MK-1775, a Potent Wee1 Inhibitor, Synergizes with Gemcitabine to Achieve Tumor Regressions, Selectively in p53-Deficient Pancreatic Cancer Xenografts

Department of Oncology, Johns Hopkins University School of Medicine, Baltimore, Maryland, USA.
Clinical Cancer Research (Impact Factor: 8.19). 03/2011; 17(9):2799-806. DOI: 10.1158/1078-0432.CCR-10-2580
Source: PubMed

ABSTRACT Investigate the efficacy and pharmacodynamic effects of MK-1775, a potent Wee1 inhibitor, in both monotherapy and in combination with gemcitabine (GEM) using a panel of p53-deficient and p53 wild-type human pancreatic cancer xenografts.
Nine individual patient-derived pancreatic cancer xenografts (6 with p53-deficient and 3 with p53 wild-type status) from the PancXenoBank collection at Johns Hopkins were treated with MK-1775, GEM, or GEM followed 24 hour later by MK-1775, for 4 weeks. Tumor growth rate/regressions were calculated on day 28. Target modulation was assessed by Western blotting and immunohistochemistry.
MK-1775 treatment led to the inhibition of Wee1 kinase and reduced inhibitory phosphorylation of its substrate Cdc2. MK-1775, when dosed with GEM, abrogated the checkpoint arrest to promote mitotic entry and facilitated tumor cell death as compared to control and GEM-treated tumors. MK-1775 monotherapy did not induce tumor regressions. However, the combination of GEM with MK-1775 produced robust antitumor activity and remarkably enhanced tumor regression response (4.01-fold) compared to GEM treatment in p53-deficient tumors. Tumor regrowth curves plotted after the drug treatment period suggest that the effect of the combination therapy is longer-lasting than that of GEM. None of the agents produced tumor regressions in p53 wild-type xenografts.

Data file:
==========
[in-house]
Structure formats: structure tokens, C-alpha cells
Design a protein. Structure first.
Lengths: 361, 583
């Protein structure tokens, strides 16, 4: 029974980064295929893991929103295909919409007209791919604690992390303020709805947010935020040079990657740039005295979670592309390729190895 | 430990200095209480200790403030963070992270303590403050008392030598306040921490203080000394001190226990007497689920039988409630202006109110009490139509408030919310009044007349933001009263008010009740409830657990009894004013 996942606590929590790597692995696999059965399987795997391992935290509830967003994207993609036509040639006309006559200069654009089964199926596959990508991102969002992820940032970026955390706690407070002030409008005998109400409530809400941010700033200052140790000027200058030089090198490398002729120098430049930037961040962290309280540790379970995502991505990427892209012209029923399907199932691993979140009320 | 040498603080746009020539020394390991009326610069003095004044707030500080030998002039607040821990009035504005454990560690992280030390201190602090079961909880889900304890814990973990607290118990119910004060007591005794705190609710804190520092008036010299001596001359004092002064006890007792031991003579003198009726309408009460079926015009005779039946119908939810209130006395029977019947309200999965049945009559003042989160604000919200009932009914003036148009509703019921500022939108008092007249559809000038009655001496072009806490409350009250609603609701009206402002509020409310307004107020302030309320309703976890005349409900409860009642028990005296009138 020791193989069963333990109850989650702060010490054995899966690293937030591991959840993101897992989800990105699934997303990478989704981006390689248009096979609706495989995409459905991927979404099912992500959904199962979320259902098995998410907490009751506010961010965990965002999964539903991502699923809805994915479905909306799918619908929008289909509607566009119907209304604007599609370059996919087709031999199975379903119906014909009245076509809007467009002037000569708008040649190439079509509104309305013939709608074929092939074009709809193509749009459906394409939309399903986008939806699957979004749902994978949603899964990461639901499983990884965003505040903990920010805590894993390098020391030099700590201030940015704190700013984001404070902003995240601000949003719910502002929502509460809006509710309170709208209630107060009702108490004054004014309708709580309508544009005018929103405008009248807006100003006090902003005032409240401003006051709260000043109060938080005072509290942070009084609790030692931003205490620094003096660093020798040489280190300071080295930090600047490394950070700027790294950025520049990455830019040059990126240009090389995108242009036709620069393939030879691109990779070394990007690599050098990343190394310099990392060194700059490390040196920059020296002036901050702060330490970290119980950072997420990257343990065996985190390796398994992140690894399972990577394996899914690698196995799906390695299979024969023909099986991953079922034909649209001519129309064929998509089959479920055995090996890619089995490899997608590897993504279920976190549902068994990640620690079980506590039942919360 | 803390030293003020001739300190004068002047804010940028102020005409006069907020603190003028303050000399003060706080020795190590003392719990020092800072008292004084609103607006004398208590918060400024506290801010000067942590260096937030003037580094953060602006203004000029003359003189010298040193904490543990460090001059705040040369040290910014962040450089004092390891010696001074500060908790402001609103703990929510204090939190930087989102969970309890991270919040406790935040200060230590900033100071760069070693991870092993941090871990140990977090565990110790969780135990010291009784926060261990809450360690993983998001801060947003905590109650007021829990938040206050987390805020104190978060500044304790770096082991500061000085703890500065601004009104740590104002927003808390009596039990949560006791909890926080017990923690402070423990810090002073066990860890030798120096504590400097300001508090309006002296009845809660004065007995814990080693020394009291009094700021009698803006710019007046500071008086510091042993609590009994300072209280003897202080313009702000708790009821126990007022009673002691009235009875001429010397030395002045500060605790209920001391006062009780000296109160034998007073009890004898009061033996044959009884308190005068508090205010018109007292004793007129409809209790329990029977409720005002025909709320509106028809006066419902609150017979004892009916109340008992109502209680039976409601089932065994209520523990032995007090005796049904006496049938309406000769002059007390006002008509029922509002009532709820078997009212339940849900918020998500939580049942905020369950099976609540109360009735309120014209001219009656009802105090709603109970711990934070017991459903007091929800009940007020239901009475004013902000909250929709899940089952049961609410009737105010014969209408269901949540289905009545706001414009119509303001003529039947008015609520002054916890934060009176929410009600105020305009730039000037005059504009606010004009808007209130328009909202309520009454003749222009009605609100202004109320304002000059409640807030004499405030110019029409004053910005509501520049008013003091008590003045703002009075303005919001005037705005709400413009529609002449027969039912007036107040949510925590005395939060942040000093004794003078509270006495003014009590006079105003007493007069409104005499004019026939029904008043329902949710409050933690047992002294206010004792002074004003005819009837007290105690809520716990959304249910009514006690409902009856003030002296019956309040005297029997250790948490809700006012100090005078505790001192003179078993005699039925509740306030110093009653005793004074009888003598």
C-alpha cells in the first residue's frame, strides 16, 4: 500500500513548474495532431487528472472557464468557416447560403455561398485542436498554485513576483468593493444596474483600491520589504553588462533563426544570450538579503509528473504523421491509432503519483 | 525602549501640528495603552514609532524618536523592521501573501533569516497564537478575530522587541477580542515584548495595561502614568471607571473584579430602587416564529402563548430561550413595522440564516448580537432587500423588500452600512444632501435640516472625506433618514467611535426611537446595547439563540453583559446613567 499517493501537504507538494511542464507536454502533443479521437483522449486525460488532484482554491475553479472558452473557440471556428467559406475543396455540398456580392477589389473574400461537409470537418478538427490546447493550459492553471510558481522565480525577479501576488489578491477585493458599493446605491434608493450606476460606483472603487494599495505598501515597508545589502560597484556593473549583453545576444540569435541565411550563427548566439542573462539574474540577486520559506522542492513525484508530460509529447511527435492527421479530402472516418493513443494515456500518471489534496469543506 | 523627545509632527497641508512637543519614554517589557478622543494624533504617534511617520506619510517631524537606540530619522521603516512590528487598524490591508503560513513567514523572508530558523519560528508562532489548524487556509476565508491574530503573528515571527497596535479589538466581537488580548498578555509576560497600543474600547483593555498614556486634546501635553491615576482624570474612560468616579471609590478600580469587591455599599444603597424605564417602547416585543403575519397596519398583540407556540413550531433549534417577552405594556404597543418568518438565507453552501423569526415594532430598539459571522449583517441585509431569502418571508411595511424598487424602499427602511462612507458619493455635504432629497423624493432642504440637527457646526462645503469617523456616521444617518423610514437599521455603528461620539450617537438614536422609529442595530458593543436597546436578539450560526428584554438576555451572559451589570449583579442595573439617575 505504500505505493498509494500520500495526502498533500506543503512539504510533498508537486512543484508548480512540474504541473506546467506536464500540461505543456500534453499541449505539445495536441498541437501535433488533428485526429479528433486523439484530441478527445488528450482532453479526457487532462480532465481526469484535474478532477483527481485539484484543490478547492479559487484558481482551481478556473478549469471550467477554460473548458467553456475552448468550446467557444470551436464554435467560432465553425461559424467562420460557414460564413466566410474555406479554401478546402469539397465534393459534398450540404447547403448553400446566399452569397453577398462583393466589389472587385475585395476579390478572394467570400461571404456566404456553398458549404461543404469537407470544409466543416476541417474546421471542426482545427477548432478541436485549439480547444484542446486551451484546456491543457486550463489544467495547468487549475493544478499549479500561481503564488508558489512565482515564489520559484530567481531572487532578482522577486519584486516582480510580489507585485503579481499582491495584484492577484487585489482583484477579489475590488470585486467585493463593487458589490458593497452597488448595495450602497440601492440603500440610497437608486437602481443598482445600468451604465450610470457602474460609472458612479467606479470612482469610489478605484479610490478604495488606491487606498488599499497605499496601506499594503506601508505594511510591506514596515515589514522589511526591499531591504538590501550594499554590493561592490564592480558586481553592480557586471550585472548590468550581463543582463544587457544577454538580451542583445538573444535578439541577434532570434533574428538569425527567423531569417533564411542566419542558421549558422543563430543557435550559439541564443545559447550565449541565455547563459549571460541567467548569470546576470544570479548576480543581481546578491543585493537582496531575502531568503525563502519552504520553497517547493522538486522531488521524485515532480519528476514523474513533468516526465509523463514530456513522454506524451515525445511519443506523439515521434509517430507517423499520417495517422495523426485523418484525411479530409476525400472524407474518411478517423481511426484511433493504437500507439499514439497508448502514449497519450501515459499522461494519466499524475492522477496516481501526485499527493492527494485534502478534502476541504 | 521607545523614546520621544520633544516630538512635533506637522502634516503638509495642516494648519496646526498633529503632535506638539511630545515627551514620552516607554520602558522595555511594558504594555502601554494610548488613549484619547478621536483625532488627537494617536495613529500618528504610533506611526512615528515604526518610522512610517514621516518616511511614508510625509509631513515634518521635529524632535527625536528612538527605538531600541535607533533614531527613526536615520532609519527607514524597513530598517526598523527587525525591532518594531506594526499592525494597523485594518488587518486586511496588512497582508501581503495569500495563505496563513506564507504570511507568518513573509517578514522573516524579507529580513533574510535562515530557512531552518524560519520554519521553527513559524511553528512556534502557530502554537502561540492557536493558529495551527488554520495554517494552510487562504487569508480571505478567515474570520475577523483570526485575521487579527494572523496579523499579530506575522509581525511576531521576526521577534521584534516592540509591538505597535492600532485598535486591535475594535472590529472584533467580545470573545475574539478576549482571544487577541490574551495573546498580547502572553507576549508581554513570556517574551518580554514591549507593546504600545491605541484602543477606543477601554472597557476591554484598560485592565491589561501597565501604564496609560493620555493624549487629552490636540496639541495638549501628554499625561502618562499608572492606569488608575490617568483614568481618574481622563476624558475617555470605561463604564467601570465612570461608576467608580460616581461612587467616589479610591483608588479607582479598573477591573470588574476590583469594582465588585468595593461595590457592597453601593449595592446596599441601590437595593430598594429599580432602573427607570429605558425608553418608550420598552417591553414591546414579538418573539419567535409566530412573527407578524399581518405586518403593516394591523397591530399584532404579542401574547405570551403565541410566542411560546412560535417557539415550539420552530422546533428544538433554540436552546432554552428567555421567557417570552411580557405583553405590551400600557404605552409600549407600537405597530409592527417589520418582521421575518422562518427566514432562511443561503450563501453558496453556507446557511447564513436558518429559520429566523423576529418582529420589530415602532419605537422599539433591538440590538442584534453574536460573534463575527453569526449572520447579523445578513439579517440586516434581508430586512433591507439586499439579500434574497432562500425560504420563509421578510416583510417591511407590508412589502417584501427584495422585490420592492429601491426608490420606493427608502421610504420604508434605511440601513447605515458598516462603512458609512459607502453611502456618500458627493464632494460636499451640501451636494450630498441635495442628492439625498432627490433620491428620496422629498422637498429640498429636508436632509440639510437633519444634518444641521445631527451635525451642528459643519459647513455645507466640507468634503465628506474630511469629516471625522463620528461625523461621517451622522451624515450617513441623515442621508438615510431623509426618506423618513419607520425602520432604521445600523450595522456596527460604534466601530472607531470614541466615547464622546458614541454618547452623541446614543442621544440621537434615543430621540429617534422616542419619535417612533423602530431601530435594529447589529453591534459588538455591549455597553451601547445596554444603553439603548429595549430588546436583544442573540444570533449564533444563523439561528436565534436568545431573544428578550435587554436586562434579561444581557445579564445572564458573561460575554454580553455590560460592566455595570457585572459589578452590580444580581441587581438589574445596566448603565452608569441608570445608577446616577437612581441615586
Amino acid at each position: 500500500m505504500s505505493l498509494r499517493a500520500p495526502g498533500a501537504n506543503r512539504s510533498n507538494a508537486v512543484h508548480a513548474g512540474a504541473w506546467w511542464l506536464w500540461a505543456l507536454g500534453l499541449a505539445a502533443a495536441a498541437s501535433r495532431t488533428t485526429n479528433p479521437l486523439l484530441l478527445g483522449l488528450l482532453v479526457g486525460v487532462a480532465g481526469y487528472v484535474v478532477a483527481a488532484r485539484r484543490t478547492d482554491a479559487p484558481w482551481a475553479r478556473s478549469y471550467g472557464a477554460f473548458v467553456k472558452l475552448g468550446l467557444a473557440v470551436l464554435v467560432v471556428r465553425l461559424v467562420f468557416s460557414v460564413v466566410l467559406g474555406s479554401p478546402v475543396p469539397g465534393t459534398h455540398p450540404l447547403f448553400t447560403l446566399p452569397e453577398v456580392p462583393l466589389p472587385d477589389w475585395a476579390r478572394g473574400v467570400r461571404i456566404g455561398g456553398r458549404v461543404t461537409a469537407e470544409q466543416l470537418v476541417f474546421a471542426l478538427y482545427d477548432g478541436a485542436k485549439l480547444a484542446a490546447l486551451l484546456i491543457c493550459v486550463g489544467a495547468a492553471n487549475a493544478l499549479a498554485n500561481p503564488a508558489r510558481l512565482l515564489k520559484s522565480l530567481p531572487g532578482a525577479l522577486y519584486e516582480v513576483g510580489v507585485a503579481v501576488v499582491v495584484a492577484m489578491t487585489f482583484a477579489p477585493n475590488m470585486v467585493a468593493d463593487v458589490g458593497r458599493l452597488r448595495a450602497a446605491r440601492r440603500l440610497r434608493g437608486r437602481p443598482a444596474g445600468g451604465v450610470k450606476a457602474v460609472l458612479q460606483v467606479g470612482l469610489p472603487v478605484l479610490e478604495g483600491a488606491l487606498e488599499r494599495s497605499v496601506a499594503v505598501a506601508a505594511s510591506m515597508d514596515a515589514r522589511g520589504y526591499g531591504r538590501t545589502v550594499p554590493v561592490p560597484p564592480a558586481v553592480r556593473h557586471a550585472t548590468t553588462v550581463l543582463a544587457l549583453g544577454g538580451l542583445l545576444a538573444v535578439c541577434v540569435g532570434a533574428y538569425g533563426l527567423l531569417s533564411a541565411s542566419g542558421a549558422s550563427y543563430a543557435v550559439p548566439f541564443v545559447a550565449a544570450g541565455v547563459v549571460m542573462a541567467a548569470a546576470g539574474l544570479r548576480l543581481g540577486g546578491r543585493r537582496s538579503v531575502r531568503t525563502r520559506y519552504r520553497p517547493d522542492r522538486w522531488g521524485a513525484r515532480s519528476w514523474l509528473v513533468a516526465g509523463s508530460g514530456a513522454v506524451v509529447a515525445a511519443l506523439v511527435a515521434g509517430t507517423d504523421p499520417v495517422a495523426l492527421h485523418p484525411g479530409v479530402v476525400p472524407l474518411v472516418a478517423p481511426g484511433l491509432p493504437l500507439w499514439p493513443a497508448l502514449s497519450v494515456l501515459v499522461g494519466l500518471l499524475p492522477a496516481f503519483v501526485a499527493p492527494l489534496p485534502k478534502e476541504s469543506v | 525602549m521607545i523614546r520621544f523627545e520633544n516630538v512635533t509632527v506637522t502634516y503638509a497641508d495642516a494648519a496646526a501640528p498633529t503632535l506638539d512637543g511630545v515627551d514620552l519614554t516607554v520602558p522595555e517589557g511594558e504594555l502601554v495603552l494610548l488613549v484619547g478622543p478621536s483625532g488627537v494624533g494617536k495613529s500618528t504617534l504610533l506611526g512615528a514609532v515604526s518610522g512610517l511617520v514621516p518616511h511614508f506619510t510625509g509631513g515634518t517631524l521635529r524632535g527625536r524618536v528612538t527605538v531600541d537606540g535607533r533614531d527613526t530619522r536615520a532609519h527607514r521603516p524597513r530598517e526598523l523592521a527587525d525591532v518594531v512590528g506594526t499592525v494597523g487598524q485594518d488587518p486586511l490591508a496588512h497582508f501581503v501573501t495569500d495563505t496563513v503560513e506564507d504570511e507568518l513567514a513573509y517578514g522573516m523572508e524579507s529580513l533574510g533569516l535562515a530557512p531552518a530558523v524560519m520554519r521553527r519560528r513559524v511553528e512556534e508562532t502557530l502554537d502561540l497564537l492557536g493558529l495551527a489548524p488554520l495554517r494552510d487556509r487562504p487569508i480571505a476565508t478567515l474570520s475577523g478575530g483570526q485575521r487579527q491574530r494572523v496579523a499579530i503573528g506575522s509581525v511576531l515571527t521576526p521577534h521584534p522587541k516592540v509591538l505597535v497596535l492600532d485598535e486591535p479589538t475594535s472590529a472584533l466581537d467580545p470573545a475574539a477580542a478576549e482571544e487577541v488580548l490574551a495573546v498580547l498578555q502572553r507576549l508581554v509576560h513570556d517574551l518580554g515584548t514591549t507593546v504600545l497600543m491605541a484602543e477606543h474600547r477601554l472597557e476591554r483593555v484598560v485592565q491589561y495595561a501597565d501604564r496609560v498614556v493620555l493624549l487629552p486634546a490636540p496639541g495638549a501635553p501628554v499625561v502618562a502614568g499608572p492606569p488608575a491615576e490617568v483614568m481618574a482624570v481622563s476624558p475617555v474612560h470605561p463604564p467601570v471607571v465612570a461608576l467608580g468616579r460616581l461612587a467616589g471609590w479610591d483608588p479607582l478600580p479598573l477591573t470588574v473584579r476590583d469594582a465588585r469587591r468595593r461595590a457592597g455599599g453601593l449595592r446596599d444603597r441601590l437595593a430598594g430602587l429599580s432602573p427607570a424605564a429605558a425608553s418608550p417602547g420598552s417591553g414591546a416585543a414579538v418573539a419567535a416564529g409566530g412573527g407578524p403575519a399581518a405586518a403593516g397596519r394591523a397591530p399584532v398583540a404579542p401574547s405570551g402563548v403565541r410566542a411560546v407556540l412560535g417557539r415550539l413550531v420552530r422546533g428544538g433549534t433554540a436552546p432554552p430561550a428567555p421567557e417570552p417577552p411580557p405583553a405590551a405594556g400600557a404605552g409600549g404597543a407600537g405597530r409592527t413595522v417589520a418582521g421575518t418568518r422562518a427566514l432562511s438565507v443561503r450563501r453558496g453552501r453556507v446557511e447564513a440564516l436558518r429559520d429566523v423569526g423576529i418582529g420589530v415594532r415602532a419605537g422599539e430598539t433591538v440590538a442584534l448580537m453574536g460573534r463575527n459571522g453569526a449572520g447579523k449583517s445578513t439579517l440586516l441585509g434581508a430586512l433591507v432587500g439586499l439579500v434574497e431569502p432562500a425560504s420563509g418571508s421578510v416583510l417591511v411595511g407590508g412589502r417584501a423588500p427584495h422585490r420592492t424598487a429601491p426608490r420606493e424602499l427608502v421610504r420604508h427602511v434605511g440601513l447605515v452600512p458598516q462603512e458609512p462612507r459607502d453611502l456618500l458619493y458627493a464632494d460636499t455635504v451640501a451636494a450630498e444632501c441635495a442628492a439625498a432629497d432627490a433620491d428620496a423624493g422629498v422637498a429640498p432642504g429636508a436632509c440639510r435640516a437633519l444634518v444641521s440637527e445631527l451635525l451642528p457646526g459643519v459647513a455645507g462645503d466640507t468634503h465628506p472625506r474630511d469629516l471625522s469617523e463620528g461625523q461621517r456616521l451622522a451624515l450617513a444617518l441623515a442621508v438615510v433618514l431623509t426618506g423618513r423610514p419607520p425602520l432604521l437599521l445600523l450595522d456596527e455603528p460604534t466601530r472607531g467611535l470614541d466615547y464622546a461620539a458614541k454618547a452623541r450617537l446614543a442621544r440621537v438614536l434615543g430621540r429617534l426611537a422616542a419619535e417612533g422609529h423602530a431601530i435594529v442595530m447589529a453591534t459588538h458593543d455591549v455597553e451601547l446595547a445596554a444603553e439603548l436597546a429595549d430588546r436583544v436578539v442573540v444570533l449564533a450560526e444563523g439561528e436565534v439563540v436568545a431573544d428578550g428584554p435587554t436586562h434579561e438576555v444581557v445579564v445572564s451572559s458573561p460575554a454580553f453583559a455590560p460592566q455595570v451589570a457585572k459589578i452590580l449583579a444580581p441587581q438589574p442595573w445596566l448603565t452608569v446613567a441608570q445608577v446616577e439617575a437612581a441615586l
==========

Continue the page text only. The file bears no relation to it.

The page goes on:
These results indicate that MK-1775 selectively synergizes with GEM to achieve tumor regressions, selectively in p53-deficient pancreatic cancer xenografts.

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